Reform of Italian Self Defense Law Effective – No Charges for Fredy Pacini

Category: Strategy

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Reform of Italian Self Defense Law Effective – No Charges for Fredy Pacini

U.S.A.-( On 15 March 2021, Fredy Pacini, a 61-Year-Old tire and bicycle shop owner from Monte San Savino, Tuscany, Italy, was officially notified he would not be prosecuted for shooting and killing one of the intruders who had broken into his shop, at night, with a pick-ax. From

For the judge “it is reasonable that Pacini could have foreseen that, shortly thereafter, he could have found himself in serious danger of his life and that we feared for his safety. In addition, the fact occurred in the middle of the night, in an isolated area and that the police, even if they had been immediately alerted by the alarm system, would not have been able to intervene on the spot for 15-20 minutes “.

It was the first widely reported case to test the new Italian law on armed self-defense on your own property. Unione Sarda reported Pacini used a pistol he had retrieved from a safe to defend himself from the intruders. He was awakened to the sound of breaking glass a bit after three a.m. He fired five times.

Three of the shots hit the door frame. One-shot hit one of the intruders in the knee, the fifth shot hit the same intruder in the thigh, severing the femoral artery. The shot was fatal.

The prosecutor had asked the case to be dismissed, under the old law, in March of 2019. The prosecutor believed Pacini had met the criteria for legitimate self-defense. The judge in the case had rejected the request in September of 2020 and ordered more investigation.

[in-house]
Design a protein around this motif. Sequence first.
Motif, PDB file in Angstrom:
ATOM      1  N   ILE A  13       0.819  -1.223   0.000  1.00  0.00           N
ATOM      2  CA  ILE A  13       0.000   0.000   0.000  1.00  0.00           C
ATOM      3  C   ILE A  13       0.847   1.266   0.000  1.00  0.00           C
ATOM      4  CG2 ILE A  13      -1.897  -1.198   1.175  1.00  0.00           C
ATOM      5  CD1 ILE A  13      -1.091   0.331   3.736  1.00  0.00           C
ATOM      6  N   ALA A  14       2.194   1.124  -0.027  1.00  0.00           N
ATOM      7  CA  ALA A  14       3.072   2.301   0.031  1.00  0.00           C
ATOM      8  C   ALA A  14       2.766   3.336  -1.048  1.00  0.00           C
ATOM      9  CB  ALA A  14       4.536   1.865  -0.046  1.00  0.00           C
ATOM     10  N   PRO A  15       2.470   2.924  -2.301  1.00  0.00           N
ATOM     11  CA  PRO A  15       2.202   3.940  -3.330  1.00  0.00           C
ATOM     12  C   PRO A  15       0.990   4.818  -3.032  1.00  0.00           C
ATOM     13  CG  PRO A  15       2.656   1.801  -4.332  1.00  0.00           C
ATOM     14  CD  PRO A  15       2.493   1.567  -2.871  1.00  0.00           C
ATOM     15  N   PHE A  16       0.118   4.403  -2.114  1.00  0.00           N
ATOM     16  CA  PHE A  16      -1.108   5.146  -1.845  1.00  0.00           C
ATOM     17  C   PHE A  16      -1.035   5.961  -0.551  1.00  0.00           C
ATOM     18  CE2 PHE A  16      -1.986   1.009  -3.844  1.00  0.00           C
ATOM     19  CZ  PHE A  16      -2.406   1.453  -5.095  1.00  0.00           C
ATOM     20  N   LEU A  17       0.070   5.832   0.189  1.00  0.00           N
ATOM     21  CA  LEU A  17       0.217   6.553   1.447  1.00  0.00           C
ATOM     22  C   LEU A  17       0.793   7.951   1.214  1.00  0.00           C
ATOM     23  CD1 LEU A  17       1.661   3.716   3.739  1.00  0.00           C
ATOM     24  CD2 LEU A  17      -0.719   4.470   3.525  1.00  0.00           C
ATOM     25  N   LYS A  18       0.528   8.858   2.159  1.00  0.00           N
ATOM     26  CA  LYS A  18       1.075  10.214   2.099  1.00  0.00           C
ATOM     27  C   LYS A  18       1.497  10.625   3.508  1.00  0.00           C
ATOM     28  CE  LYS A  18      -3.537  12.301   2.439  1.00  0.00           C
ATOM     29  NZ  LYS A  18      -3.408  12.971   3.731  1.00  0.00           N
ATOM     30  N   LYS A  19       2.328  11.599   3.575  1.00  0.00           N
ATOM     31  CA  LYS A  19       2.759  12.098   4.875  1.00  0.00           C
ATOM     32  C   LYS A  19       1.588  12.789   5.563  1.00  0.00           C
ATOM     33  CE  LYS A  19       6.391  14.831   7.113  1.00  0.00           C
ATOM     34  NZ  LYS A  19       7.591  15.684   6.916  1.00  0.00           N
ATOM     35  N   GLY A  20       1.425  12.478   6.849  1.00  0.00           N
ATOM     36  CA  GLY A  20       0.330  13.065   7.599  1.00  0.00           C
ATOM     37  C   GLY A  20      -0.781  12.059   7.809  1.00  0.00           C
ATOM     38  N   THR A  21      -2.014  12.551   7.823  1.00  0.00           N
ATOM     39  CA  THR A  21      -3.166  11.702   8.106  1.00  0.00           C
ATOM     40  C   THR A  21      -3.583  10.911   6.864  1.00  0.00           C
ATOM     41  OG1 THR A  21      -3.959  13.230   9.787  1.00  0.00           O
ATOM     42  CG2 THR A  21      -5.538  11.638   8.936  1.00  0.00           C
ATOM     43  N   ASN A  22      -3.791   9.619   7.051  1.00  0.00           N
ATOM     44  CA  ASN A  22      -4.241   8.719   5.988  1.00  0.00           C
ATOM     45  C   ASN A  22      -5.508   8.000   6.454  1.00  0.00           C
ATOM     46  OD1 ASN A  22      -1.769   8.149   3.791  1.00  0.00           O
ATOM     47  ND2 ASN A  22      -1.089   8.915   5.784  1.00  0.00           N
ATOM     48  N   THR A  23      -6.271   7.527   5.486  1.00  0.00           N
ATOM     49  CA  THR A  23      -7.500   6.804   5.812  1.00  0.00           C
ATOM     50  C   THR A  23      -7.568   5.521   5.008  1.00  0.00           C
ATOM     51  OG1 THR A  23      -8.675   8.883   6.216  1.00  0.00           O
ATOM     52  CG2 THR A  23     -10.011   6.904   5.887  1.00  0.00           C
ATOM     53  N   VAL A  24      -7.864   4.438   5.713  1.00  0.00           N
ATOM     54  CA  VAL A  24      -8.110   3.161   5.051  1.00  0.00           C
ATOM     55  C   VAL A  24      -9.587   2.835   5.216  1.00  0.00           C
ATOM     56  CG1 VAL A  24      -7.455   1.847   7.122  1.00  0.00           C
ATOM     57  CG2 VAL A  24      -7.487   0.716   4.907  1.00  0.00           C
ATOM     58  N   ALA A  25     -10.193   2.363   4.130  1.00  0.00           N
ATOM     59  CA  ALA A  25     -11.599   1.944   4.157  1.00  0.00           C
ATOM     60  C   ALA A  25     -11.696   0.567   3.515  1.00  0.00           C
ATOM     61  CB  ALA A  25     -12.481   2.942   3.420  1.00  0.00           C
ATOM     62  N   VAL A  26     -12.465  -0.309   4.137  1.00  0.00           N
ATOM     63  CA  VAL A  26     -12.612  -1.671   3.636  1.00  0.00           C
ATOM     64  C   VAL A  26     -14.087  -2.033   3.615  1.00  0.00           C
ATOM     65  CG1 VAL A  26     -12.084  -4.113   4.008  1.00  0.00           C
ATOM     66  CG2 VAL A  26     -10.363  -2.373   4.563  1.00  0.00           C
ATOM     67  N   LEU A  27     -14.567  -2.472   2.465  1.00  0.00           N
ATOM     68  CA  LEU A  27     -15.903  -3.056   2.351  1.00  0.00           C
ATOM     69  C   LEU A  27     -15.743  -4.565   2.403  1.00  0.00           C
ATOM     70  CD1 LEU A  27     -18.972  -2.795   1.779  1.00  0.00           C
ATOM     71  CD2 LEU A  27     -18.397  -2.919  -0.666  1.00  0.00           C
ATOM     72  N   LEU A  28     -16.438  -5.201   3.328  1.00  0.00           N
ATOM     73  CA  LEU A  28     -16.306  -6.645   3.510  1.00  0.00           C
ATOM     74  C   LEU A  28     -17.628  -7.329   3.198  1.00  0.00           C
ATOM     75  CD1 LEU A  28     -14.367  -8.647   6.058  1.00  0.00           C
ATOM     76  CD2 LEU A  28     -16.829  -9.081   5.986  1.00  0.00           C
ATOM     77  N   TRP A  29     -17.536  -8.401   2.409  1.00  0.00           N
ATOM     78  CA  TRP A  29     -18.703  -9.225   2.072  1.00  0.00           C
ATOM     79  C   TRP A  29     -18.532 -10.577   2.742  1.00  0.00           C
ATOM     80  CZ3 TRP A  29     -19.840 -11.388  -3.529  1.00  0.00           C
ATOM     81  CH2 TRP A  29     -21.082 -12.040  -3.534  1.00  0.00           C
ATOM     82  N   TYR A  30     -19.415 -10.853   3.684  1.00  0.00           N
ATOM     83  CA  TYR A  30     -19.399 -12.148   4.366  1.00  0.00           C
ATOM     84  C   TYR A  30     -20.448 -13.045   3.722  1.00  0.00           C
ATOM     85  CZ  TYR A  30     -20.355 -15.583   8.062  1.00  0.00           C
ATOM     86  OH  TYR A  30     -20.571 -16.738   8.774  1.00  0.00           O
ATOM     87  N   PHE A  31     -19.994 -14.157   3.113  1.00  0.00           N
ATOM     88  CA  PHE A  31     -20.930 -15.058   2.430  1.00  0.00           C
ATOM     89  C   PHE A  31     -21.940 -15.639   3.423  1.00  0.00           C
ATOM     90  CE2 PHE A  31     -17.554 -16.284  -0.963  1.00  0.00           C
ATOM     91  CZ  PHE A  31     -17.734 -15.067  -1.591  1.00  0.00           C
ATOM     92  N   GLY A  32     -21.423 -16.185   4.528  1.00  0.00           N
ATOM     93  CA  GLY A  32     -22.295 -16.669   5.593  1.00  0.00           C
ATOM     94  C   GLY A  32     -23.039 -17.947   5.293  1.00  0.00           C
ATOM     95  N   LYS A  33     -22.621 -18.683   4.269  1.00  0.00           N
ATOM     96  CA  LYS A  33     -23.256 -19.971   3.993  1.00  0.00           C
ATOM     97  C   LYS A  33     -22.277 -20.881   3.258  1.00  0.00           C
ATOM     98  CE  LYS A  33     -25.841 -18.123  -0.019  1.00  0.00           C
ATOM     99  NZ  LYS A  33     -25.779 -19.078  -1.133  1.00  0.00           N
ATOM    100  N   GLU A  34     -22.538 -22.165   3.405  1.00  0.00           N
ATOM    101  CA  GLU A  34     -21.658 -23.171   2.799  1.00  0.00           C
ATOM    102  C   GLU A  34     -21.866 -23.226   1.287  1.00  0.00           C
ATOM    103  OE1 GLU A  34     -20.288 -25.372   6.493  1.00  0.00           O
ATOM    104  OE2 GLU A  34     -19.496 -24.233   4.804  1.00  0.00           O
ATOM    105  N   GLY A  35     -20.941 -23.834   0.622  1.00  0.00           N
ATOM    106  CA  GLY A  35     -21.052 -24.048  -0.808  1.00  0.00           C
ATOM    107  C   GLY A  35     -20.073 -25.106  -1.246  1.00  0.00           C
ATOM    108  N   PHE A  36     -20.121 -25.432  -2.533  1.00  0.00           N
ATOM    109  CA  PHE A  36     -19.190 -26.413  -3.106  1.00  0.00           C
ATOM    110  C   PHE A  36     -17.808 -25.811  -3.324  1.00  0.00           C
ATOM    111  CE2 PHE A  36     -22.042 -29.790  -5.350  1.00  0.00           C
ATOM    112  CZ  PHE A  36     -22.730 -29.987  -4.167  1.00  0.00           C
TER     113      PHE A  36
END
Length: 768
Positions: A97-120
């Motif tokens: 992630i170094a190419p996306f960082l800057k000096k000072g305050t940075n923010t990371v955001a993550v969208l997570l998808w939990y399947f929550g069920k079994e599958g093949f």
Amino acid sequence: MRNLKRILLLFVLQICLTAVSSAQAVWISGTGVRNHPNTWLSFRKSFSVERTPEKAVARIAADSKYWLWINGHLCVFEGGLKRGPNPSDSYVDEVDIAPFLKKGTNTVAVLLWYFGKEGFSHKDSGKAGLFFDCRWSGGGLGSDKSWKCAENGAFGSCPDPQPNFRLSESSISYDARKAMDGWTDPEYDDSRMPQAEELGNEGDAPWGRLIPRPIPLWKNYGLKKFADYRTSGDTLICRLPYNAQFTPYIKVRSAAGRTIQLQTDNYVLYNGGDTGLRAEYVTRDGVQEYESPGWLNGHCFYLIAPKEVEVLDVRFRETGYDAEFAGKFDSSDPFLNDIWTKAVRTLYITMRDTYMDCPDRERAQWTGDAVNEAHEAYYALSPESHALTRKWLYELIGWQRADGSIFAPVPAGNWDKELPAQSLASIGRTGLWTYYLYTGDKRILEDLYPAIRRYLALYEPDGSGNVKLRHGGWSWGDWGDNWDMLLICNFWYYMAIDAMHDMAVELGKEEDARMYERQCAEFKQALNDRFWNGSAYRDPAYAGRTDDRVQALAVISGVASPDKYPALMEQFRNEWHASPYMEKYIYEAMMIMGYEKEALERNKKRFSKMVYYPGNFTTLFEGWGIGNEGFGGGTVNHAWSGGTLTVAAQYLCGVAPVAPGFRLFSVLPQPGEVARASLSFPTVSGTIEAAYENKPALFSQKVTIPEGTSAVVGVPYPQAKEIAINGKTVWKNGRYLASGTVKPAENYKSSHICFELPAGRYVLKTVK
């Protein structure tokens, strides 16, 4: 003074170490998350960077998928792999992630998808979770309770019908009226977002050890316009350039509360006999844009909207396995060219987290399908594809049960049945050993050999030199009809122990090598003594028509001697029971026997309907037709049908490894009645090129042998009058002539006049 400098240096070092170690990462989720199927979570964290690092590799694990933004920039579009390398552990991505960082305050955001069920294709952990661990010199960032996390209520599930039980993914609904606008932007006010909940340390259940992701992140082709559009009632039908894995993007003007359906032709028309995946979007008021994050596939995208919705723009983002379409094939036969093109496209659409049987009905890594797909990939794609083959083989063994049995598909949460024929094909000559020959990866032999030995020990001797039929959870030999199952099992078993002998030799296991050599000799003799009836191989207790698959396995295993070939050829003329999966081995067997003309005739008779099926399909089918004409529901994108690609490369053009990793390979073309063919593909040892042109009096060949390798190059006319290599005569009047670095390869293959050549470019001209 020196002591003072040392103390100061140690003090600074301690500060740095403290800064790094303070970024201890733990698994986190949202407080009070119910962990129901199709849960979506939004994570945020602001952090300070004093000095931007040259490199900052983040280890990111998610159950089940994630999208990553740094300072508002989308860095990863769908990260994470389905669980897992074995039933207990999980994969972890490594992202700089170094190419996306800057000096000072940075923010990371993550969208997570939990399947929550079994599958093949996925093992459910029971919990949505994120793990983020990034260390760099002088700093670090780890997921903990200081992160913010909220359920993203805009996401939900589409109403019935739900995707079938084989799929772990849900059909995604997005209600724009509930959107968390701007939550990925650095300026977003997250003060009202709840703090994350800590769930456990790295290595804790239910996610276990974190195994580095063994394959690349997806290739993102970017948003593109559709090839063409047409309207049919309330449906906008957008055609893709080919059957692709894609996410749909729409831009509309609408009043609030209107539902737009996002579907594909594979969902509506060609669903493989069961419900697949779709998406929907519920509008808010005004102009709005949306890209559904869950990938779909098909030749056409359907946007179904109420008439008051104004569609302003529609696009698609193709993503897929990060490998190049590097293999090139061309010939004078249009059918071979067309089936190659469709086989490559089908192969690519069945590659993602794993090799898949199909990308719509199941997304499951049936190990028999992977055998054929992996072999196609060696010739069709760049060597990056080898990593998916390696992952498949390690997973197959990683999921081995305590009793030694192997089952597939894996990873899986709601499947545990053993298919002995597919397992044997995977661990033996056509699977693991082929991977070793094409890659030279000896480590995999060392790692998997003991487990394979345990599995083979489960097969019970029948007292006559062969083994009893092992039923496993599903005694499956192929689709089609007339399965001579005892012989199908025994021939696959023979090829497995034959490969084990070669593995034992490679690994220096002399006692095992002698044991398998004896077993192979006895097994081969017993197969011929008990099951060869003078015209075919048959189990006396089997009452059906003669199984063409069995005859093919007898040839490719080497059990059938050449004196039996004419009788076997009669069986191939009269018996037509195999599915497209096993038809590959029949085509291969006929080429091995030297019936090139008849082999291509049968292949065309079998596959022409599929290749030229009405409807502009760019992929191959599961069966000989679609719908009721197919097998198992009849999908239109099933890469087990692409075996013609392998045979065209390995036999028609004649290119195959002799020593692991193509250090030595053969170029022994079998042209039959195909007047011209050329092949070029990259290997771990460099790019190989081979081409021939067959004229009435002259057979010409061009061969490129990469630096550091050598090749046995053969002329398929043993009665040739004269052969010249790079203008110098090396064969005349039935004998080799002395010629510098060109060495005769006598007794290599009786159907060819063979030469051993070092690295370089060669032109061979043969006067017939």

The new Italian self-defense law was passed in March of 2019.

Pacini had his business broken into on 28 November 2018. His business had been broken into 38 times previously. Prime Minister Salvini had commented on the case at the time. The quote is found in many articles:

“Being a robber is a dangerous job. Am I wrong??? Self-defense is always legitimate!” Interior Minister Matteo Salvini, head of the far-right League, said on Facebook.

“My solidarity lies with the Tuscan shopkeeper who was robbed 38 times,” he said.

Prime Minister Salvini had fought for a reformed self-defense law for years. One had come close to passage in 2017.

The previous law had its origin in Fascist Italy of Benito Mussolini. From

Modern Italian gun control laws date from the Fascist period; the Public Safety Act was passed in 1931 as one of a series of measures designed to put an end to leftist violence. Addressing the Italian Senate Benito Mussolini explained:

“The measures adopted to restore public order are: First of all, the elimination of the so-called subversive elements. … They were elements of disorder and subversion. On the morrow of each conflict I gave the categorical order to confiscate the largest possible number of weapons of every sort and kind. This confiscation, which continues with the utmost energy, has given satisfactory results.”

The laws were, as are most gun control laws, made for political repression rather than for preventing crime. After WWII, the laws were not restored to earlier usage. Rather, they were made stricter and more repressive.

Italians had become increasingly frustrated with the law that victimized the victims and coddled the criminals.

The momentum to reform Italian law had been building since the turn of the millennium.

Self-defense is tied to all the things the left hates: individual responsibility, independence, limited government, self-reliance. It is a hopeful sign that Italians are embracing it.

About Dean Weingarten:

Dean Weingarten has been a peace officer, a military officer, was on the University of Wisconsin Pistol Team for four years, and was first certified to teach firearms safety in 1973. He taught the Arizona concealed carry course for fifteen years until the goal of Constitutional Carry was attained. He has degrees in meteorology and mining engineering, and retired from the Department of Defense after a 30 year career in Army Research, Development, Testing, and Evaluation.

Dean Weingarten




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